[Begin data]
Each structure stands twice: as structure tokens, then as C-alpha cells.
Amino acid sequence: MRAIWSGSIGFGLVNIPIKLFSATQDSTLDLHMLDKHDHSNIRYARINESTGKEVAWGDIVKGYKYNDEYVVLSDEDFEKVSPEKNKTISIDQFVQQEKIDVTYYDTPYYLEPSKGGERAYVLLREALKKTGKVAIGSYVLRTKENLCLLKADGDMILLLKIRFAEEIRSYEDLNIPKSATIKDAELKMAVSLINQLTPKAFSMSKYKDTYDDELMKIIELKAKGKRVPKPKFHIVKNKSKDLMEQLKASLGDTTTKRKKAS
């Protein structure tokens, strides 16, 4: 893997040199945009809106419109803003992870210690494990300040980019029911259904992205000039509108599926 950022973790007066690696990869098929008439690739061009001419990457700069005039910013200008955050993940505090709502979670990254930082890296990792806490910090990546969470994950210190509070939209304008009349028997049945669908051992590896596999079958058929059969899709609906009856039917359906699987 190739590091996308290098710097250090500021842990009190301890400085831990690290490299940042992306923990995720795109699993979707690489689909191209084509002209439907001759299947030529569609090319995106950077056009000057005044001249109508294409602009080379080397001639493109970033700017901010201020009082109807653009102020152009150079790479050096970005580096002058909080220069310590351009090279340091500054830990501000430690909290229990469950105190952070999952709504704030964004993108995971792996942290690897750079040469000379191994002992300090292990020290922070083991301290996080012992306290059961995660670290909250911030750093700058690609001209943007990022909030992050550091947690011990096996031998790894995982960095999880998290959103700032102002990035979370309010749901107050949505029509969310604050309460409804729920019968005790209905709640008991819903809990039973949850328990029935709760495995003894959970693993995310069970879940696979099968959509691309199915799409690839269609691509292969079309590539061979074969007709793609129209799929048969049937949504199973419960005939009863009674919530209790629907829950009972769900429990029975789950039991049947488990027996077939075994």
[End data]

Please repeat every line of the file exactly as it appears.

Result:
Each structure stands twice: as structure tokens, then as C-alpha cells.
Amino acid sequence: MRAIWSGSIGFGLVNIPIKLFSATQDSTLDLHMLDKHDHSNIRYARINESTGKEVAWGDIVKGYKYNDEYVVLSDEDFEKVSPEKNKTISIDQFVQQEKIDVTYYDTPYYLEPSKGGERAYVLLREALKKTGKVAIGSYVLRTKENLCLLKADGDMILLLKIRFAEEIRSYEDLNIPKSATIKDAELKMAVSLINQLTPKAFSMSKYKDTYDDELMKIIELKAKGKRVPKPKFHIVKNKSKDLMEQLKASLGDTTTKRKKAS
């Protein structure tokens, strides 16, 4: 893997040199945009809106419109803003992870210690494990300040980019029911259904992205000039509108599926 950022973790007066690696990869098929008439690739061009001419990457700069005039910013200008955050993940505090709502979670990254930082890296990792806490910090990546969470994950210190509070939209304008009349028997049945669908051992590896596999079958058929059969899709609906009856039917359906699987 190739590091996308290098710097250090500021842990009190301890400085831990690290490299940042992306923990995720795109699993979707690489689909191209084509002209439907001759299947030529569609090319995106950077056009000057005044001249109508294409602009080379080397001639493109970033700017901010201020009082109807653009102020152009150079790479050096970005580096002058909080220069310590351009090279340091500054830990501000430690909290229990469950105190952070999952709504704030964004993108995971792996942290690897750079040469000379191994002992300090292990020290922070083991301290996080012992306290059961995660670290909250911030750093700058690609001209943007990022909030992050550091947690011990096996031998790894995982960095999880998290959103700032102002990035979370309010749901107050949505029509969310604050309460409804729920019968005790209905709640008991819903809990039973949850328990029935709760495995003894959970693993995310069970879940696979099968959509691309199915799409690839269609691509292969079309590539061979074969007709793609129209799929048969049937949504199973419960005939009863009674919530209790629907829950009972769900429990029975789950039991049947488990027996077939075994």